Verisimilitude and Other Bad Habits

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I began my career in the visual arts in art school in Atlanta earning a degree in Interior Design.  I turned out to be very good at understanding the basics in construction drawings.   I understood the concepts of plans, elevations, and I could detail very, very well.  I simply understood in my head how things go together.  And I had the ability apparently of how to communicate that in drawings for the builders – construction documents, if you will.  I began with pencil on vellum, moved up to ink on mylar, and finally had to learn AutoCAD.  I was resistant to CAD because of the machine aspect.  I was very proud of my drawings – they really were beautiful.  And I think a well-done sheet of drawings is truly a beautiful thing.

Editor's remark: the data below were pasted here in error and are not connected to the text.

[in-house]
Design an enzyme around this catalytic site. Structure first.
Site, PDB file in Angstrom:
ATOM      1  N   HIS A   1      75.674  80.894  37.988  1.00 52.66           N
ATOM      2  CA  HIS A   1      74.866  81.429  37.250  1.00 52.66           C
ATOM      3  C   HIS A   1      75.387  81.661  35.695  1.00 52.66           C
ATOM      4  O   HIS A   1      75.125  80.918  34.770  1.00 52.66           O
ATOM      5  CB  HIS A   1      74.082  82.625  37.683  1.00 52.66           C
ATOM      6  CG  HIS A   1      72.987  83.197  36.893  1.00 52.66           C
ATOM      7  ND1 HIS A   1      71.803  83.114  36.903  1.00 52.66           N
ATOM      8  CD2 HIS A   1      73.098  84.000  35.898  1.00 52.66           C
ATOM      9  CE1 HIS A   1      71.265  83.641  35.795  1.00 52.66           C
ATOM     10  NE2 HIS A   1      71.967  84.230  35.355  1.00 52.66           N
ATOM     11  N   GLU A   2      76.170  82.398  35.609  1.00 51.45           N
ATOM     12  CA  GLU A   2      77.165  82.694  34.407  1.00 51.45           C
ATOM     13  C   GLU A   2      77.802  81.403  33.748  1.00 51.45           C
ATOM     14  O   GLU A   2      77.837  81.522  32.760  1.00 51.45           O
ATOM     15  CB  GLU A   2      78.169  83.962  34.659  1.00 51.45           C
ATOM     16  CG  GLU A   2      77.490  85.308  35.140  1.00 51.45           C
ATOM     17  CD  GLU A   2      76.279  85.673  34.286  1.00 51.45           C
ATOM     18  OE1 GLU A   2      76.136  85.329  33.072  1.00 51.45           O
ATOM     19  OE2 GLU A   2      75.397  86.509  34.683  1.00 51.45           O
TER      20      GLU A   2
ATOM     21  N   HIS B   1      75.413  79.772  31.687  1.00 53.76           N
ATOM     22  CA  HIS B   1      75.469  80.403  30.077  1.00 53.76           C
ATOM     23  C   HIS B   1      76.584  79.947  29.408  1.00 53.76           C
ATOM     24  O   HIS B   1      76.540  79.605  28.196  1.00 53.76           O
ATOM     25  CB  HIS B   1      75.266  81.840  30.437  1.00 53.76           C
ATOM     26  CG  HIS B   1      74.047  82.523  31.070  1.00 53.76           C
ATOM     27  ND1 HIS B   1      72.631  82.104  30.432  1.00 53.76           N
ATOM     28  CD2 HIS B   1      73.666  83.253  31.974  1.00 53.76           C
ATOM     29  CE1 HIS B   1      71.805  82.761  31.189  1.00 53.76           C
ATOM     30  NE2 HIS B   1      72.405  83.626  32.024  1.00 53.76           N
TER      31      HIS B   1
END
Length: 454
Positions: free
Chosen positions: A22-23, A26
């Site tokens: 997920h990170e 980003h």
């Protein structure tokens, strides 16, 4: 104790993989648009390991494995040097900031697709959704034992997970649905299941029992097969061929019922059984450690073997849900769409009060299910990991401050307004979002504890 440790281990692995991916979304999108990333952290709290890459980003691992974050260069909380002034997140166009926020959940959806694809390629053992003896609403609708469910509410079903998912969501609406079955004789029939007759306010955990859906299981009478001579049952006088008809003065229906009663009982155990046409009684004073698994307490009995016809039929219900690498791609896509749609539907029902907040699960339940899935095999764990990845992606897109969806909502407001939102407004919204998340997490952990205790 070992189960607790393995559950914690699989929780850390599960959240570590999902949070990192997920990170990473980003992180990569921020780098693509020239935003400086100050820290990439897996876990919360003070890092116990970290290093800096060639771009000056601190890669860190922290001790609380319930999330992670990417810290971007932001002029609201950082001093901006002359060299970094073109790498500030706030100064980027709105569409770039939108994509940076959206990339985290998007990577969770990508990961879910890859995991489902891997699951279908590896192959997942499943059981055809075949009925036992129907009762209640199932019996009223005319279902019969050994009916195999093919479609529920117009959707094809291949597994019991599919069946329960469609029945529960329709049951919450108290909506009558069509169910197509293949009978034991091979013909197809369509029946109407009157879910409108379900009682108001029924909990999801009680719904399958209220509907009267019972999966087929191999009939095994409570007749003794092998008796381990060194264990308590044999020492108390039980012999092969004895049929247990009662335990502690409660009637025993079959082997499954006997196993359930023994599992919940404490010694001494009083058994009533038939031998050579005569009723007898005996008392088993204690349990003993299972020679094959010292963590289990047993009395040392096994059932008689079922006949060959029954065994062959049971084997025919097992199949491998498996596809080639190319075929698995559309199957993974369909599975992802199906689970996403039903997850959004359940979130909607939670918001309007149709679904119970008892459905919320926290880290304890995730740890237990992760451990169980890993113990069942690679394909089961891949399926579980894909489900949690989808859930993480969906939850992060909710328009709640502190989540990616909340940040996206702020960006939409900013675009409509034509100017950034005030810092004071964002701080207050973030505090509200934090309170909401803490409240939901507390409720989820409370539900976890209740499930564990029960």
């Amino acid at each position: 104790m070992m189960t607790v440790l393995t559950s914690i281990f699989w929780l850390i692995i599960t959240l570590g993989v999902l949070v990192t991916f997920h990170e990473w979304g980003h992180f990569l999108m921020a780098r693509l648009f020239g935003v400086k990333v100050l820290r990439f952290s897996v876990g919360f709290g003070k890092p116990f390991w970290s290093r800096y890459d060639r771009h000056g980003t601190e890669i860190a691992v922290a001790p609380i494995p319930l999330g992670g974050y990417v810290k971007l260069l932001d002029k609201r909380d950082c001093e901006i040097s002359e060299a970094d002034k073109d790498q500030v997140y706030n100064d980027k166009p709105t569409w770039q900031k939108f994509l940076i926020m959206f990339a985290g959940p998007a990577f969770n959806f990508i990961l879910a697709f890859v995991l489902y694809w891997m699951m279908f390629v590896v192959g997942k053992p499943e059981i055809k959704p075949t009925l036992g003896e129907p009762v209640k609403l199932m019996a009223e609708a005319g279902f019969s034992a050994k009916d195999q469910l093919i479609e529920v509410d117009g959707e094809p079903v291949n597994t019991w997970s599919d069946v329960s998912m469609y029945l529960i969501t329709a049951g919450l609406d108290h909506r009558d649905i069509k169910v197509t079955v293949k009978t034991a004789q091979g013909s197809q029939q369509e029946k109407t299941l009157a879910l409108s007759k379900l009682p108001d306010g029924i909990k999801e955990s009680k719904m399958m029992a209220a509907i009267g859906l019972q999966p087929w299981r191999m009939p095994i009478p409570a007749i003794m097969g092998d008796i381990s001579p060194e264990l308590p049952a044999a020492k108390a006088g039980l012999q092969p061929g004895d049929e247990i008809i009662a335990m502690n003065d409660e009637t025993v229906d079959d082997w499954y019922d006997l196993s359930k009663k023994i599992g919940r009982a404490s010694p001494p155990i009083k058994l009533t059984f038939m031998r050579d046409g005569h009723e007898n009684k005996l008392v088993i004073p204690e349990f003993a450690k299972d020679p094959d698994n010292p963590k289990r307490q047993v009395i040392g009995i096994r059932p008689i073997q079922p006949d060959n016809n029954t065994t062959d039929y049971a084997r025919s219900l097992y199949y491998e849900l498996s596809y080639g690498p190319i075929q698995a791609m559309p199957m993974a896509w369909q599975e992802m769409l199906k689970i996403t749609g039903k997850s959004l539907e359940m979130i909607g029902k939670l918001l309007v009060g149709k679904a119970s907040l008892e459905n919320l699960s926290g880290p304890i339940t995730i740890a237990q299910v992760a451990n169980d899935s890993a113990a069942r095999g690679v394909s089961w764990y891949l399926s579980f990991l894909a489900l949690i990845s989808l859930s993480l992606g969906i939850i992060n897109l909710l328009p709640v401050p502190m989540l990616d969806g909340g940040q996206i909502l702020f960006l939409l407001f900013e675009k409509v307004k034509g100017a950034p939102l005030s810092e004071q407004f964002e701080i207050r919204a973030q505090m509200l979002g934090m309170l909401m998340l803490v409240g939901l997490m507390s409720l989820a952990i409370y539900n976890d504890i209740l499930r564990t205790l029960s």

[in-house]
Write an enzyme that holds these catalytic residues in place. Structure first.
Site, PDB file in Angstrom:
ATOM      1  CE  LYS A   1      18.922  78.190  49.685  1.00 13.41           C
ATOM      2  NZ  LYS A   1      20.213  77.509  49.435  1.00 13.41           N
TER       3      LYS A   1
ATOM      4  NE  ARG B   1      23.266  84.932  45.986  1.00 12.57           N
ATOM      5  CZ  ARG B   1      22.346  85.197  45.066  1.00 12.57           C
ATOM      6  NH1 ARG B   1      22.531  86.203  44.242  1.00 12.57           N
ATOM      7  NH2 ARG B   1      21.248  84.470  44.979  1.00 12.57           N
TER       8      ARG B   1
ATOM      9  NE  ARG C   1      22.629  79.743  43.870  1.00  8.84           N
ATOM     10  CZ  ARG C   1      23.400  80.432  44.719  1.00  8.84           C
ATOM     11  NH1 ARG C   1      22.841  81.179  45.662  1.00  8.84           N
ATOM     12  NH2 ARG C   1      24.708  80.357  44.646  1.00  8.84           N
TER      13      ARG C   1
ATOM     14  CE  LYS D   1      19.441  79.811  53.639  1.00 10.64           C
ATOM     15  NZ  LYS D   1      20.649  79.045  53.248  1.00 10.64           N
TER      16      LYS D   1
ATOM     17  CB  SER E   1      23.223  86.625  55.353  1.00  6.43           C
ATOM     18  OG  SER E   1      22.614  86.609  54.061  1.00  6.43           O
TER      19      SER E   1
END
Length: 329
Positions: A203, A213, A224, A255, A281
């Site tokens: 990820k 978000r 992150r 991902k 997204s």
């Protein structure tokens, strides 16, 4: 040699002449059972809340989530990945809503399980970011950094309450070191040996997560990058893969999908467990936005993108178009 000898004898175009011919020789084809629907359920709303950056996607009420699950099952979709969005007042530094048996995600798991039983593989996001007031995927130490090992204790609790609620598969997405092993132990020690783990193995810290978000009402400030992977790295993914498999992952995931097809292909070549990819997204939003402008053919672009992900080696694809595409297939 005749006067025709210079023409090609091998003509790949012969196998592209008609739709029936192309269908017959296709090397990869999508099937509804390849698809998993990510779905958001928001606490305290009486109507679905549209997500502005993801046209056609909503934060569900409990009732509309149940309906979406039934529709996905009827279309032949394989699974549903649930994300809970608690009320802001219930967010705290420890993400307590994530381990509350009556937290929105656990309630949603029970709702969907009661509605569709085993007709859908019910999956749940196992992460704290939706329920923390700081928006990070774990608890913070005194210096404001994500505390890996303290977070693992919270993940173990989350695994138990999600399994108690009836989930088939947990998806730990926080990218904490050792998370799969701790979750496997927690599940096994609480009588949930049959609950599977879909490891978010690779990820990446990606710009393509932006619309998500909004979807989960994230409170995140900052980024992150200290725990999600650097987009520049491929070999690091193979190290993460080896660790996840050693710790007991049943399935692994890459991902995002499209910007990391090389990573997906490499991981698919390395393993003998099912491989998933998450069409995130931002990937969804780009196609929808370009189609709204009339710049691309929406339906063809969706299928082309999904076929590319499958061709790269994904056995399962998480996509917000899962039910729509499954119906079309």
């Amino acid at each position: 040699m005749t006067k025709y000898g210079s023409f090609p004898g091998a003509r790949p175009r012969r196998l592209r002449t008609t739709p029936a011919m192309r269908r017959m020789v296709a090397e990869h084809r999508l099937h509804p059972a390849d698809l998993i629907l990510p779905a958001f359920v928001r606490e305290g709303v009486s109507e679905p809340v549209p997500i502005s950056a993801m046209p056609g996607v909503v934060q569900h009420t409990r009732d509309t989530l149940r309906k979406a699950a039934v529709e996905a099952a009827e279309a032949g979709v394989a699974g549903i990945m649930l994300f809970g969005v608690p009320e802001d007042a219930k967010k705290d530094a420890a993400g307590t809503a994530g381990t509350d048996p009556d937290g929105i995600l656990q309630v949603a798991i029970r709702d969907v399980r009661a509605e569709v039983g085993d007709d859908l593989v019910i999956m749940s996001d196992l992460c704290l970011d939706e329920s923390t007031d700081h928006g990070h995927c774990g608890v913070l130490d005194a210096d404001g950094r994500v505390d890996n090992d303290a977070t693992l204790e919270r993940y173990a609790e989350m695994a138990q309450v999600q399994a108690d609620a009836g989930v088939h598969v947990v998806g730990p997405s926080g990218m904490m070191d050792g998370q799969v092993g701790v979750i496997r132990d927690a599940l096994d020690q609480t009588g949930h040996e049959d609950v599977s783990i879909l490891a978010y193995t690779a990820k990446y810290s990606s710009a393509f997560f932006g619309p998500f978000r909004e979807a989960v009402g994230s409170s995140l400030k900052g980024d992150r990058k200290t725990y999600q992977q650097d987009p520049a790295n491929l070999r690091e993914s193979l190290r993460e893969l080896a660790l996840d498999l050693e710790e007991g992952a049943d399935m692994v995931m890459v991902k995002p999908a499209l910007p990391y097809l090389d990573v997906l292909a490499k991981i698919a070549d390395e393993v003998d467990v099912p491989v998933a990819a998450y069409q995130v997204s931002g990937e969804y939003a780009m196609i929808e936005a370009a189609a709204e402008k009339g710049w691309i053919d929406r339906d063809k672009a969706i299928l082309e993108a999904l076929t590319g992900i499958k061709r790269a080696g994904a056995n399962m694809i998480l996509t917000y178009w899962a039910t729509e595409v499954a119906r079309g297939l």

But moving from there right into painting was a bit of a stretch.  As close as I could come to painting was a few paltry renderings in design classes.  It is all perspective and almost always using hard edges and straight lines.  It is just a whole different approach. 

And I was programmed to accuracy.  It had to look like what it was.  Adventurous and creative renderings were not exactly ideal in the rendering field.  A play of shadows and maybe some prettily rendered flowers, those were okay.  But venturing to far beyond verisimilitude was not acceptable. 

So this was where I was when I begun to paint.  Think about it.  I really have to work it in my head to be able to give myself permission to move a tree and add a shadow that isn’t necessarily there.